While advertising photography and coffee-table books present an object of interest either as a curiosity or as a commodity, and at best generate a vague yearning to see distant places, art shows places that everyone thinks they know in new light – and simultaneously as a mystery and a secret. In art, the world becomes a spiritual landscape that triggers sharp pangs of homesickness within us.
The venue that has been ennobled by the artist and awarded the status of iconic hotspot gains artistic, indeed cult status – with all the esthetic and cultural consequences involved with such a reception. What was previously an ordinary image now becomes an icon.
However, this icon is now no longer brought to the potential visitor in an exhibition hall – a practice dating from the 19th century that is now perhaps obsolete. Rather, the visitors themselves travel to the sublime image; in fact they become a part of it.
This radical shift in perspective has several consequences:
- The exhibition is not a mass spectacle, but an individual discovery; this has always been the starting point of every esthetic experience
- The work of art is not for sale and thus loses its character as a commodity
- There is no 'attrition warfare', no budget battles and no conflict about which space an artist gets, there is not even an art insurance
- Amid the frenzy of the art market emerges a precious moment allowing one to pause and reflect
And ultimately, art regains the prerogative of interpreting the true images of the world that had been taken from it by the mass media.
Although the material expense of the project is low, its esthetic and cultural added-value will be all the greater, since it enables new readings of the world beyond the media mainstream.
While it is true that the visitors will this time have higher hurdles to overcome than on a normal exhibition visit, true lovers of art, who can invoke the Grand Tour of the 18th and the early 19th centuries, will not be deterred by distances and costs. And, like then, some people might understand this experience as a rite of passage.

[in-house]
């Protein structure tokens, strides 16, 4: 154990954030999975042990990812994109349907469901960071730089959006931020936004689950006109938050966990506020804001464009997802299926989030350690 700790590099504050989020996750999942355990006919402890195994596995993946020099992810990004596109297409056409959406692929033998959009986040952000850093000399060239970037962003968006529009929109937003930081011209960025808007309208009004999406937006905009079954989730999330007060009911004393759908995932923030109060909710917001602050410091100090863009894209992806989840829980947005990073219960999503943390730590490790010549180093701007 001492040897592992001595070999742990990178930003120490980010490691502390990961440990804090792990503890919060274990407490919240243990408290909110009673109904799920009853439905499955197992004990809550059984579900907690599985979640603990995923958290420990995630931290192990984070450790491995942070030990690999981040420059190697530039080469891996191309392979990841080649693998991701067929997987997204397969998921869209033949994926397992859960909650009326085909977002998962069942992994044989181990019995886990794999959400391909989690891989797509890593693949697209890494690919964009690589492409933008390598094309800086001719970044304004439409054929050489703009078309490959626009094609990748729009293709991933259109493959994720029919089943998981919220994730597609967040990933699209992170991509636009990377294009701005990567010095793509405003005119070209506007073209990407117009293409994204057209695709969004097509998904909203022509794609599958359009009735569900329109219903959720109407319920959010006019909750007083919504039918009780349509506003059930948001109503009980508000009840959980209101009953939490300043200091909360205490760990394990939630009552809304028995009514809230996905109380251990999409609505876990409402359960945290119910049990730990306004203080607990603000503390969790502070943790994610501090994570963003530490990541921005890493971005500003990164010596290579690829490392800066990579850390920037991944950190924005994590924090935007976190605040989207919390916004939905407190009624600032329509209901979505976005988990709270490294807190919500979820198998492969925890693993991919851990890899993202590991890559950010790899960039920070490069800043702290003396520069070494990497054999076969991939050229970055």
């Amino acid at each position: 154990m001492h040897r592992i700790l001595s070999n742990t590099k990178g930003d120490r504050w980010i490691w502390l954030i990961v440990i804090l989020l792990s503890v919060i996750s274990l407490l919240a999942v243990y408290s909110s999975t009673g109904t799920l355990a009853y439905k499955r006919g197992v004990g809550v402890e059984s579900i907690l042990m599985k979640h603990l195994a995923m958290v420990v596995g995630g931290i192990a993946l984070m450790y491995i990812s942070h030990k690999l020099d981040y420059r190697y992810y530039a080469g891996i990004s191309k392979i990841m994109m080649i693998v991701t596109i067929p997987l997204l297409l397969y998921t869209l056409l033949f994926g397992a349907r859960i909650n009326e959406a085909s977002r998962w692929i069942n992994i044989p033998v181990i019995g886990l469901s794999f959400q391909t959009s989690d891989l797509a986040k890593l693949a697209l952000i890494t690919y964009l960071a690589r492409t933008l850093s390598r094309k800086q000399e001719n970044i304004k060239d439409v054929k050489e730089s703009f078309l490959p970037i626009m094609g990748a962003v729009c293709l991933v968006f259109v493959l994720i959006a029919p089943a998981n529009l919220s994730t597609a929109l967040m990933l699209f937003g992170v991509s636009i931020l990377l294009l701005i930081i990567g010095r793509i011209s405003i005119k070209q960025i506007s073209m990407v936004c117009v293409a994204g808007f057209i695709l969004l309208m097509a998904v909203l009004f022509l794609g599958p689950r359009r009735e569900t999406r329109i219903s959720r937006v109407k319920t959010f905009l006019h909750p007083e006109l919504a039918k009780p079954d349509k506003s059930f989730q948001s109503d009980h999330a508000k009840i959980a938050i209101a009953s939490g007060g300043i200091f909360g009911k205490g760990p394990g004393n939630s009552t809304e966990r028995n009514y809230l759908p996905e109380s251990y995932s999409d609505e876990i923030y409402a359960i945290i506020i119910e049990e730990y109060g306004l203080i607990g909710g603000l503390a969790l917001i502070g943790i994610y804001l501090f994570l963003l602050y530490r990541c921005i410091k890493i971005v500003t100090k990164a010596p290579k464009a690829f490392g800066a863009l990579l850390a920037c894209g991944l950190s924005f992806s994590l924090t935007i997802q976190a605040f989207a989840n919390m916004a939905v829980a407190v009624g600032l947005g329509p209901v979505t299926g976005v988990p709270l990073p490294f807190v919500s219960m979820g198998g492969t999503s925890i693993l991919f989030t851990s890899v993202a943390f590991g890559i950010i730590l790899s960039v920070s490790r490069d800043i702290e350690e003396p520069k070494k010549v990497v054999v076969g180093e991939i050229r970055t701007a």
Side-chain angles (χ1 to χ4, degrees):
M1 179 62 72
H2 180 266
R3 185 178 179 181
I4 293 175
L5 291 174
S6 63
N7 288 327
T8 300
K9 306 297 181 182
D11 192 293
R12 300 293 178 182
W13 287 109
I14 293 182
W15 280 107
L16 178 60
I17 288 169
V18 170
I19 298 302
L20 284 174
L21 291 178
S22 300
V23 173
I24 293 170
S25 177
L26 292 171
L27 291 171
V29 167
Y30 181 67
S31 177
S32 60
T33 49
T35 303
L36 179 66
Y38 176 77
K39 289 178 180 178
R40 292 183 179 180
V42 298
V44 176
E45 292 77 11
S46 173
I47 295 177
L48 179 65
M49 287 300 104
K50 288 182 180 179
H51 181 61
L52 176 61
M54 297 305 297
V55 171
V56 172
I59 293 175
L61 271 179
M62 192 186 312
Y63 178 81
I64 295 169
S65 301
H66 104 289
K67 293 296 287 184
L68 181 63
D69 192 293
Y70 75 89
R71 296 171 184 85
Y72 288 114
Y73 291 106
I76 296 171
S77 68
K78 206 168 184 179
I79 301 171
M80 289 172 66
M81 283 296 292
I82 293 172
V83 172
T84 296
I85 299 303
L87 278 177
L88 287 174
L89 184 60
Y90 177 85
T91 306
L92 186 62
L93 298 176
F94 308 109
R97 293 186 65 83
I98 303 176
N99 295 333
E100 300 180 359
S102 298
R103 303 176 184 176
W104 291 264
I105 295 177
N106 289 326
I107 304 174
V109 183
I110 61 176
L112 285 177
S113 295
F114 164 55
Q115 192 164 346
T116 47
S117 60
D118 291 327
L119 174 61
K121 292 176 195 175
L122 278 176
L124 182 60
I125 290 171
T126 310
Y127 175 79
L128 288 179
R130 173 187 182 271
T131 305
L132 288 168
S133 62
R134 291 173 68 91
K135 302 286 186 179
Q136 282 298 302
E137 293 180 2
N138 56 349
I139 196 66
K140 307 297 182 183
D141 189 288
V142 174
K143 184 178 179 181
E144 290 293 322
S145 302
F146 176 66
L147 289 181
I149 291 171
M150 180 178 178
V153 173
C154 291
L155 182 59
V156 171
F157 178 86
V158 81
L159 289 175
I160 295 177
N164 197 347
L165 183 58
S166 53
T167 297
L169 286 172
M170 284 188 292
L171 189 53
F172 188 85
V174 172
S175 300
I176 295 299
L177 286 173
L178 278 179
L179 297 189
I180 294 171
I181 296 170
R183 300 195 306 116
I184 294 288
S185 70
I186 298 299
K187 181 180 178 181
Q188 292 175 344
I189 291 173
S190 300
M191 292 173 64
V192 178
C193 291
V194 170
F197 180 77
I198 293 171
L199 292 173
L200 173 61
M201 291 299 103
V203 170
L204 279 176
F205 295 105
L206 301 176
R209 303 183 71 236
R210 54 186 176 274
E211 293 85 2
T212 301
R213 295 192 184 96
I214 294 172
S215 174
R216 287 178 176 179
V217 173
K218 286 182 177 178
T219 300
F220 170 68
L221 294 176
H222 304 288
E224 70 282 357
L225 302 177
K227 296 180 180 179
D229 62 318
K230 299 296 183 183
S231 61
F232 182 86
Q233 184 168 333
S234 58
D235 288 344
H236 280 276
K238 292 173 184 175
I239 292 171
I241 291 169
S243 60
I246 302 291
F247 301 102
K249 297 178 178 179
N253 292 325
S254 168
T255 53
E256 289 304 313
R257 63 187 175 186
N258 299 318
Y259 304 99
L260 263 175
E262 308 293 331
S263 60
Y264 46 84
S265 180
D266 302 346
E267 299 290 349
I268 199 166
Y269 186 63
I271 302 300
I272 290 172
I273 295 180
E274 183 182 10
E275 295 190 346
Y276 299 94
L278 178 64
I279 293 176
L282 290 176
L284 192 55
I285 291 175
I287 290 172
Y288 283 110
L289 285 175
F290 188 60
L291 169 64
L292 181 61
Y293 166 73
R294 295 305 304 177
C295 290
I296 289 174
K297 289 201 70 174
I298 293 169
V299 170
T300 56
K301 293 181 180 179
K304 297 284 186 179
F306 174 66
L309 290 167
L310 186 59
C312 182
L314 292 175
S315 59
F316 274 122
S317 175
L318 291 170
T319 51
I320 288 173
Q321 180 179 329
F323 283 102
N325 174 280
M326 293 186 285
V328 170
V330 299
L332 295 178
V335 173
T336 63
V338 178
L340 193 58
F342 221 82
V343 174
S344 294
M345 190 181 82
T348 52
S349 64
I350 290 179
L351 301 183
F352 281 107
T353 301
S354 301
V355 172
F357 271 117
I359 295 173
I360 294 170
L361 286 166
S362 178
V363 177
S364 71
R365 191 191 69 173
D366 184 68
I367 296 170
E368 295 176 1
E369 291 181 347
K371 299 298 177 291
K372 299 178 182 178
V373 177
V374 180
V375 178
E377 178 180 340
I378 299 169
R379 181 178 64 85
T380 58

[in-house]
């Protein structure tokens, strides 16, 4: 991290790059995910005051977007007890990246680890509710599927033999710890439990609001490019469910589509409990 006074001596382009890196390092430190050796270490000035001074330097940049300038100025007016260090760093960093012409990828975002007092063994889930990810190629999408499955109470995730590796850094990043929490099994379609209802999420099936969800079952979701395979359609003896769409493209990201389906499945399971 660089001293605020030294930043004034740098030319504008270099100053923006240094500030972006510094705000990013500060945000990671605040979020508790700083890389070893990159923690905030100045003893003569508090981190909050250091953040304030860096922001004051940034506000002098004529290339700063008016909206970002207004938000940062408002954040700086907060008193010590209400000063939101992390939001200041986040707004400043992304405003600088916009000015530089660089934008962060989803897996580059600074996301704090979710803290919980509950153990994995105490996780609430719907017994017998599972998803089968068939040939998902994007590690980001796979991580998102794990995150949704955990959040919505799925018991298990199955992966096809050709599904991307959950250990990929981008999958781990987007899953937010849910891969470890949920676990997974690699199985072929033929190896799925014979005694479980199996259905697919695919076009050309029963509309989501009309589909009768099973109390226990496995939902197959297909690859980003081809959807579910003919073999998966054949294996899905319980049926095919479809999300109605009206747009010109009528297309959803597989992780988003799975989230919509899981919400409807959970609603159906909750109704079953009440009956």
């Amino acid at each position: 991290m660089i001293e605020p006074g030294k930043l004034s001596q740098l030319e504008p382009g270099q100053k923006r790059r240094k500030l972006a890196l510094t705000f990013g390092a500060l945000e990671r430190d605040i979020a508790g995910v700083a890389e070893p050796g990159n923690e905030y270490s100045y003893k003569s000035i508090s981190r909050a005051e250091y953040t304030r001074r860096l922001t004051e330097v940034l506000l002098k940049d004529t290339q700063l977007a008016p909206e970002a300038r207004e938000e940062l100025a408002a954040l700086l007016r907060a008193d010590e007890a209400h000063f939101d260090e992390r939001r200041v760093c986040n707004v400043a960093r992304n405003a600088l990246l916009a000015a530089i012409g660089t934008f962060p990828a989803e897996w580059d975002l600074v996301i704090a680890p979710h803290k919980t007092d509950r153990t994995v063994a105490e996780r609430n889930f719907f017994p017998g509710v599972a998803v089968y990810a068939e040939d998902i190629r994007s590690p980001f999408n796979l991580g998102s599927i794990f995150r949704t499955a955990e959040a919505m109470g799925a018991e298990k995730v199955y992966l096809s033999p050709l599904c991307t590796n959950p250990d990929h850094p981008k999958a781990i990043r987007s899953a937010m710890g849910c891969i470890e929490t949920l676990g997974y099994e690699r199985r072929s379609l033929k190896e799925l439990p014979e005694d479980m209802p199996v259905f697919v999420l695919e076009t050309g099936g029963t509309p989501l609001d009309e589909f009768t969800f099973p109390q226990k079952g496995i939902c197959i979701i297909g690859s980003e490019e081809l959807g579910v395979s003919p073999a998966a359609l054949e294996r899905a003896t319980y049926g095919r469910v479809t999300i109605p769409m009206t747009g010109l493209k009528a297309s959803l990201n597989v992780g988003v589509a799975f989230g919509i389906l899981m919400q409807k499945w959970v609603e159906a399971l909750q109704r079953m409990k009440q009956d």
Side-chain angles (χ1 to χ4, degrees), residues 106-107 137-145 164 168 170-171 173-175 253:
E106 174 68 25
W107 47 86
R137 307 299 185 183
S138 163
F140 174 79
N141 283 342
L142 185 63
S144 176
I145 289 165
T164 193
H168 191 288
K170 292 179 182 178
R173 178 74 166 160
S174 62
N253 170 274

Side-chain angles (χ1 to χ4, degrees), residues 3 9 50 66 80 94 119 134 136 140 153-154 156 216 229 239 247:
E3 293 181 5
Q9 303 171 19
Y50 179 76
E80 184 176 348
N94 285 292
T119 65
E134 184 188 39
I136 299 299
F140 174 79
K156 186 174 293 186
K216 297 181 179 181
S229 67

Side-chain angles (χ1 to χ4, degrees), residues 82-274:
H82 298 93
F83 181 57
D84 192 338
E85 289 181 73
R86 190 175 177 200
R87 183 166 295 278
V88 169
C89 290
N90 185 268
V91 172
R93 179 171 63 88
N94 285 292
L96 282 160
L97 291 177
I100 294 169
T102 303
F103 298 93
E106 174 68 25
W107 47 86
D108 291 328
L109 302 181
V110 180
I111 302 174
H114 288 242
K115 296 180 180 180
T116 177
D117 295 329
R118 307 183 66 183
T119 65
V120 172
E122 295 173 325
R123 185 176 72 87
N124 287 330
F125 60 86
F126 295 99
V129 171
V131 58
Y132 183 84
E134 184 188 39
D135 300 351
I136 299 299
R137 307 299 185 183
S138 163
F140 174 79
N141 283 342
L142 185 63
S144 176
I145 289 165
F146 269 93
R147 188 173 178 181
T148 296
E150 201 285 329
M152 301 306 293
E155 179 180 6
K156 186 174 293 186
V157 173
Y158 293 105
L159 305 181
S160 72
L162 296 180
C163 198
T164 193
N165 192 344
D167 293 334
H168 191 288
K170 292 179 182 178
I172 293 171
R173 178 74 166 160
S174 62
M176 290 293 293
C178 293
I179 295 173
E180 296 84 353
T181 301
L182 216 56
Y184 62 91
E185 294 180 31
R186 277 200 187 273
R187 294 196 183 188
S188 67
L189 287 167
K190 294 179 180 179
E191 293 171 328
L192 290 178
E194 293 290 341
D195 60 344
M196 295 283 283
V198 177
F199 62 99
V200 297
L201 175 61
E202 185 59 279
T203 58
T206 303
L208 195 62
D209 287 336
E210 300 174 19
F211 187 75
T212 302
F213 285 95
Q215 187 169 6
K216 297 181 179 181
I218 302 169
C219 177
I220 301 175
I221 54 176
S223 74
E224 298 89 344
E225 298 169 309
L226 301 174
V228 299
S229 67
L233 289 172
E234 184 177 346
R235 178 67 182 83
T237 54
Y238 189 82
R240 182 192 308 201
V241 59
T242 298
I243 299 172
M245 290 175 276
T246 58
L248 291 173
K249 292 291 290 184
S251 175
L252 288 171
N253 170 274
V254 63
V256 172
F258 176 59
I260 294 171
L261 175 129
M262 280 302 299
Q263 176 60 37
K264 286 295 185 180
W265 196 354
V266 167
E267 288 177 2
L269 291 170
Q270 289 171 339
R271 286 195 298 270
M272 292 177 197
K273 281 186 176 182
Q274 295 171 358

Lagos as point of departure
We propose starting with the Metropolis Lagos. With our next step, we can extend this project to the whole of Nigeria or Africa and even beyond.
The city of Lagos, with its 22 million inhabitants, is already the biggest city on the continent. With its current growth rate of 3.6% per year, it will exceed 50 million, making it the largest city in the world. Every hour, Lagos’ population grows by approximately 80 people: that is an increase of 700,000 people per year.
In Lagos, one can never be certain whether the people are building their
city or whether they themselves are the bricks; and for every problem
the people solve, Lagos creates a new one in a seemingly never-ending
succession of afflictions.
Especially in a place such as Lagos,which, despite its size, has an inadequate cultural infrastructure, the project could be a new way of introducing art reception. Neither a museum, nor a gallery, not even an artists studio are needed for this.
In a first step, ten artists will be selected. Each of them will identify a hotspot in Lagos and serve visitors as a guide. The artists will supply photos and a text in which they explain their choice of hotspot.
If there is sufficient interest after this test run, the project could even be exteded to the whole of Nigeria – or much further afield. Southeast Asia is also preparing a similar program.
- Art critics and essayists will be invited to visit all of the hotspots and to report on them.
- We shall create our own homepage and App. with the aid of social media and blogs.
- We stage key digital formats such as e-flux, Universes-in-Universe, etc.
As of 1/2017 Selection of the artists
As of 3/2017: Selection of the hotspots, guided tours, documentation, blog, App,
From 2018,it may be extended across the whole of Africa